Every January, I meet two friends for brunch on the first working day back after Christmas. It is our way of showing that as freelancers that we have control. It’s also a tacit admission that none of us have any work on.
As in 2017, we meet near Old Street tube station. I have travelled up from Brighton, late after a train ride which pushed the buttons of my travel anxiety. After draining coffee and eating quickly, we soon find ourselves walking towards Moorgate. I have resolved that once we part that I will undertake my first aimless wander of 2018, the first in this year long project.
We say our farewells outside the American Car Wash on Great Eastern Street. I had planned some sales shopping, but I feel a swell of anxiety at the thought of overly warm shops and sales clerks eyeing my tired trainers with a sense of disdain and disappointment.
I always knew this was going to be a challenge. I find myself walking at a fearsome pace towards Bishopsgate. Everything here has changed in the 15 years since I first began frequenting Shoreditch’s pubs. Back then I wanted to be what I wasn't. I wanted to be admired but I can't remember what for.
I look down Curtain Road, towards the open plan warehouse space where a group of friends lived for knockdown rent which is now a block of luxury apartments. Murals for forthcoming TV shows where there was once a nightclub with a ‘can only bar’. A cocktail spot that once housed the best party in East London. And memories of not knowing my limits and falling out of now derelict pubs in a bid to impress colleagues while interning at a style magazine.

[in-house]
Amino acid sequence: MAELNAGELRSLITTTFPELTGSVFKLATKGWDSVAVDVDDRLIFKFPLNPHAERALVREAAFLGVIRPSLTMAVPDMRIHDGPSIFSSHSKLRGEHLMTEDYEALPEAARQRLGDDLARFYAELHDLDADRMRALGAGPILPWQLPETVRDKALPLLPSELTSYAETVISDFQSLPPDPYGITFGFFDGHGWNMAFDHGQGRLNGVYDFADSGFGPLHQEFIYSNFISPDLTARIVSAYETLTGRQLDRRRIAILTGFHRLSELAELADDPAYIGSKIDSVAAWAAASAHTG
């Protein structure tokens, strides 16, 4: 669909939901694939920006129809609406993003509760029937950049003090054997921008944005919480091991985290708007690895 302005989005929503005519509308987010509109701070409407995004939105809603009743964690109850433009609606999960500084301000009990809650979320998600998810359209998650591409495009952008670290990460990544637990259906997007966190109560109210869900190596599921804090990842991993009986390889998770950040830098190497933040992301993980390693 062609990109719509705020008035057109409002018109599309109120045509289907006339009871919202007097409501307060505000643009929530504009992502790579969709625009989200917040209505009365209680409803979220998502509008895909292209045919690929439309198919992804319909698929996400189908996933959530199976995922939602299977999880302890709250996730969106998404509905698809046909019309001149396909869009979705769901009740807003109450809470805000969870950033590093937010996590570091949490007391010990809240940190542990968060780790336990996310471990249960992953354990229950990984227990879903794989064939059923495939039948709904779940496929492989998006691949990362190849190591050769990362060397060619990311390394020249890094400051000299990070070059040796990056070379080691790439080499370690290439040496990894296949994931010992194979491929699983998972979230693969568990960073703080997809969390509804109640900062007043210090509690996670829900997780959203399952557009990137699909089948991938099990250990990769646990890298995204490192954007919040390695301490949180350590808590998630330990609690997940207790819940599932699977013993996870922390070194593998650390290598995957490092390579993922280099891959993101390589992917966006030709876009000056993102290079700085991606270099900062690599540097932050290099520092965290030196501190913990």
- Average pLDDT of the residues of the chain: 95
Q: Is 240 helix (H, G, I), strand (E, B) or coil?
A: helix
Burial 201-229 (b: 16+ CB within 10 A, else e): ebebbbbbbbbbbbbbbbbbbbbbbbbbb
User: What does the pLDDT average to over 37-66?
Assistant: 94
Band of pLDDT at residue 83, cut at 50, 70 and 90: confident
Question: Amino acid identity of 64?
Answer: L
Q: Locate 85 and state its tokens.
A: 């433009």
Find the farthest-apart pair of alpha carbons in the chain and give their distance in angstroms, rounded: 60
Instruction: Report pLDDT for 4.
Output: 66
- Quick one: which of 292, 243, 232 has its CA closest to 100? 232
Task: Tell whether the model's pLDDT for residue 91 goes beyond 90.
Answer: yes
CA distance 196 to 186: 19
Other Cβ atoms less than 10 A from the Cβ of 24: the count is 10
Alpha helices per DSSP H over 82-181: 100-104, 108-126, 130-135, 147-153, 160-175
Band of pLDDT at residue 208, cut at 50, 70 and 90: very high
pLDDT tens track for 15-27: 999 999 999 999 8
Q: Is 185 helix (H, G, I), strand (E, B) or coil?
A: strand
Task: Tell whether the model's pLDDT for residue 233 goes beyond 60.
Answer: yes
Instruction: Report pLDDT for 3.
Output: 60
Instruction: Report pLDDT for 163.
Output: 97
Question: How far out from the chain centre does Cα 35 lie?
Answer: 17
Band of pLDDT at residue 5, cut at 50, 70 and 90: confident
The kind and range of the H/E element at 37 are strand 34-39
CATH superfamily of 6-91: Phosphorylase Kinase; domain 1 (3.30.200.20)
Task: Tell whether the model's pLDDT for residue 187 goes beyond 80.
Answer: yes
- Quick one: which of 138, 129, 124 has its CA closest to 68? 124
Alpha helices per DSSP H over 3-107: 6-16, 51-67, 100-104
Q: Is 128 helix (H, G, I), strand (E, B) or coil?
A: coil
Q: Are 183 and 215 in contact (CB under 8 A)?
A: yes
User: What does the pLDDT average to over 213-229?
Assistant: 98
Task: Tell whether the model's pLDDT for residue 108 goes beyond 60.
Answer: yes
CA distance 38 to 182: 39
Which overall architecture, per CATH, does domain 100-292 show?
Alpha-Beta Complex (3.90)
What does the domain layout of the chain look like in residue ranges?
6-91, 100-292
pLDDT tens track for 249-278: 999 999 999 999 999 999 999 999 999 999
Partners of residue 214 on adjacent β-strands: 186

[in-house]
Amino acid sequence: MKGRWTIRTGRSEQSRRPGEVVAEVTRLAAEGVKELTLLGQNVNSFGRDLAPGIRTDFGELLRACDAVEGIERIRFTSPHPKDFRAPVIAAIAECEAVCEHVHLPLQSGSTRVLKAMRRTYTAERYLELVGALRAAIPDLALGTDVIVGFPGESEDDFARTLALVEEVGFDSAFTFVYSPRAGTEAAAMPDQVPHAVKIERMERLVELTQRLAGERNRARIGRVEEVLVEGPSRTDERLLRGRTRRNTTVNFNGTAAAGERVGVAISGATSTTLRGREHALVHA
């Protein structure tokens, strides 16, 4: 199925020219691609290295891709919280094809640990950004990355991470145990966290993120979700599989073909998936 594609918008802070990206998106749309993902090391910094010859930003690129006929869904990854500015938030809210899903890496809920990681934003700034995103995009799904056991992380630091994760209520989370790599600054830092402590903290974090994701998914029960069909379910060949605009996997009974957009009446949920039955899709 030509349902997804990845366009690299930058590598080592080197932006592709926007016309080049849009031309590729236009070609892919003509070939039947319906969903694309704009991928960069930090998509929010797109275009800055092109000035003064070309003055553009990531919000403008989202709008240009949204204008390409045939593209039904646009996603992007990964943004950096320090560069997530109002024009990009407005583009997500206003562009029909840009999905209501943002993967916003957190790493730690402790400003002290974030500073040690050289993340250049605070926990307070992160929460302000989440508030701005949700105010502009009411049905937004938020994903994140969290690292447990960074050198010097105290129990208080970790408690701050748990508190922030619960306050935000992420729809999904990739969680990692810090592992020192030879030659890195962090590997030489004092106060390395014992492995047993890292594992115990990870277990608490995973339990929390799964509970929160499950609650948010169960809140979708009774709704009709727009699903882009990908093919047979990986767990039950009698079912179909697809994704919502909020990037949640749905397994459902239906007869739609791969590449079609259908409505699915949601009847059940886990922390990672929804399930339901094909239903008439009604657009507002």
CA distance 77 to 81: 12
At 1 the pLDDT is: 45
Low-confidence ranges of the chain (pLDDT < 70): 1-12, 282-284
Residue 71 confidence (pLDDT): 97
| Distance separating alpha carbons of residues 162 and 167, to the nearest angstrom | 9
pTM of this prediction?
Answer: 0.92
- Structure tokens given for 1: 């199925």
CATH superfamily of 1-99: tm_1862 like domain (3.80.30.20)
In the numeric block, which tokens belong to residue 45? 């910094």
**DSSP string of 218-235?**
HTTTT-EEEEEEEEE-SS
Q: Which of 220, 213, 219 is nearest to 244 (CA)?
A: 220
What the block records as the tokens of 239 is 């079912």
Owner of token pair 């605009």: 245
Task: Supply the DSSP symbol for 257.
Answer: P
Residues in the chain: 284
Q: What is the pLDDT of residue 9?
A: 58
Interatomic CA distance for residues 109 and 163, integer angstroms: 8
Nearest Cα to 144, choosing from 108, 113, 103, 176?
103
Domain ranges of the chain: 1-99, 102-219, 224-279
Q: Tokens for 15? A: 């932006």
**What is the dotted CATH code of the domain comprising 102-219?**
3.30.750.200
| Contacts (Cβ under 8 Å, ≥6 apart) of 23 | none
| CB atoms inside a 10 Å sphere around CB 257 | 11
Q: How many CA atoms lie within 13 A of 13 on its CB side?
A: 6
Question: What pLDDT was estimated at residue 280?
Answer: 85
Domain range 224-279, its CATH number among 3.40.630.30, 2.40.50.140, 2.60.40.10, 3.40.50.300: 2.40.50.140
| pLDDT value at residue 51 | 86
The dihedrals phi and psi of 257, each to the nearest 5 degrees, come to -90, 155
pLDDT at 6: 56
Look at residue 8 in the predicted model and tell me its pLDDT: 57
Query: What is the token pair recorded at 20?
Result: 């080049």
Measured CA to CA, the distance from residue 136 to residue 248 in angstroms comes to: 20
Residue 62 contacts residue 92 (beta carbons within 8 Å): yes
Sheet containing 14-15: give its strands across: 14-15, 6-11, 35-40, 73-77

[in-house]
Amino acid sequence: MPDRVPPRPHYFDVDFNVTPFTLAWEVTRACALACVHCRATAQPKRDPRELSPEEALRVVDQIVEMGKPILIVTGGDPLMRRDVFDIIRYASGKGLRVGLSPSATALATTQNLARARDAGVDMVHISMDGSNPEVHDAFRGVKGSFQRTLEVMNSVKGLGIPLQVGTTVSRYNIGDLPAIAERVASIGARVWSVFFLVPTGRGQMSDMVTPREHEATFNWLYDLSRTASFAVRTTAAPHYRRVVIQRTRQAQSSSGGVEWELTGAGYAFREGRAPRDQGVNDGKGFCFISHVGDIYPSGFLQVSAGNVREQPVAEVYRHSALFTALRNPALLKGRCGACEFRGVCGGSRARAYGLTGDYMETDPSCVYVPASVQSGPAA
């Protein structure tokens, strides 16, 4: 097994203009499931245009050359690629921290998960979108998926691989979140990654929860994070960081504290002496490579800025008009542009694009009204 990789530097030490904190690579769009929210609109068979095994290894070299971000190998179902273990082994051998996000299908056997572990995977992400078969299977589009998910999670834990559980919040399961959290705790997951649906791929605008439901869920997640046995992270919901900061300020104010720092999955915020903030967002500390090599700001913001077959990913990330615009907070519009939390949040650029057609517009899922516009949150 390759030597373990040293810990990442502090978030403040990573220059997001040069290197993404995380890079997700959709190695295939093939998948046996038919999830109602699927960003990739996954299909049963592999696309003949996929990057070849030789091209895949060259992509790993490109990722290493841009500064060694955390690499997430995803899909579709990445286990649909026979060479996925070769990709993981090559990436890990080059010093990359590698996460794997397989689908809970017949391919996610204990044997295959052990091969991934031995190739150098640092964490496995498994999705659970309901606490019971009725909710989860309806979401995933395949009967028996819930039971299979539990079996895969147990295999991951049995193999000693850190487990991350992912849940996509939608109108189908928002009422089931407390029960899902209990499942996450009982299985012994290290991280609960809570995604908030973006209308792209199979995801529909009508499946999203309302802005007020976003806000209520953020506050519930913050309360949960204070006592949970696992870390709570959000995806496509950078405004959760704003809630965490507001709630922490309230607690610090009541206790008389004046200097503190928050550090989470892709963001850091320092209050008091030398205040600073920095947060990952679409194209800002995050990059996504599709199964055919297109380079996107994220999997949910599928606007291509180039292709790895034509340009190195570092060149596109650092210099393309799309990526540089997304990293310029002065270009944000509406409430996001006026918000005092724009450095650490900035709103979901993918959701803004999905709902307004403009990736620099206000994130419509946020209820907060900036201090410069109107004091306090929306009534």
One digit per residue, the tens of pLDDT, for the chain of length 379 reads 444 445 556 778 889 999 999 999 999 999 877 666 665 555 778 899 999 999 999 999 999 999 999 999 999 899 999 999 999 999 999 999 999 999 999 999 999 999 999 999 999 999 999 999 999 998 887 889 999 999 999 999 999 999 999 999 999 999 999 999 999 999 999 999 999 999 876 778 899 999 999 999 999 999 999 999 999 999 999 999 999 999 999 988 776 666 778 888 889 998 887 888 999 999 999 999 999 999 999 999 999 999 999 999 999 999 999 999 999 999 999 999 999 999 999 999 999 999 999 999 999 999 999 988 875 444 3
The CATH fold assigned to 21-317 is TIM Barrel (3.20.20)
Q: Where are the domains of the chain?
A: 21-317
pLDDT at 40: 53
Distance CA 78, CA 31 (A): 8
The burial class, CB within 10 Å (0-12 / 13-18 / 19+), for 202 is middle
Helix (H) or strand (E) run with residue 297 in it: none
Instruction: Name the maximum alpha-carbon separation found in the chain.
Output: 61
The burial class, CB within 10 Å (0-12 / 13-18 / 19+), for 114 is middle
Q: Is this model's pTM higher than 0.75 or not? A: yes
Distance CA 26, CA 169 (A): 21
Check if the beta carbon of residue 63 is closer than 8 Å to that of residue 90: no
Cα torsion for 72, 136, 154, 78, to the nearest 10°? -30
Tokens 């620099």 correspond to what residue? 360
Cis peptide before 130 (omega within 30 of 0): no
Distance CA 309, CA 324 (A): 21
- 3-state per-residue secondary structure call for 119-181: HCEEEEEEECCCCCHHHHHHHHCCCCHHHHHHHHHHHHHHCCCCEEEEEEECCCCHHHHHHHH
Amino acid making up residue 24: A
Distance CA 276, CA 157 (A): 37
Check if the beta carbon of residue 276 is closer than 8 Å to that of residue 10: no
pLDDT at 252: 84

I cringe at what I remember. I cringe at what I was. This was a place I always thought that I loved, but in hindsight it has always filled me with a level of stress and anxiety that I have only learned to credit in recent years.
It is the lack of greenery, the embarrassment of younger years, the relentlessness of the new. I turn onto Bishopsgate, intending to escape onto the Central Line at Liverpool Street, but instead find myself walking over the cobbles of Folgate Street towards Commercial Street and the solace of Rough Trade East.
I have found myself retracing a well worn route, one I take whenever I am in this part of the capital. I trail around the crates of Rough Trade, search for and find a single copy of my book on the non-fiction shelves, pick out a record and pay for it, then head back out onto Commercial Street, skirting the edge of Spitalfields, careful not to get lost in the crowds of tourists, in need of space, of air, of a wider view. I emerge onto Bishopsgate, the clank of hammer on steel as the latest tower block blanks out another parcel of grey sky.
This has never been a pretty place. But as the years have passed and I have aged it feels too vertiginous, a pastiche of Lower Manhattan that makes me ache for the greenery of Regents Park. For the open sky of my Brighton home.
I pass down the steps into Liverpool Street station. The ticket office is in the process of becoming a row of shops. I miss the days when I was not cynical about London, when it held an innocent allure. I wonder, as I move through the ticket barriers and down to the Tube, whether those days even existed.
This first walk has been brief. I have looked up and around and found only existential questions and acute embarrassment. Next week I will search for joy instead.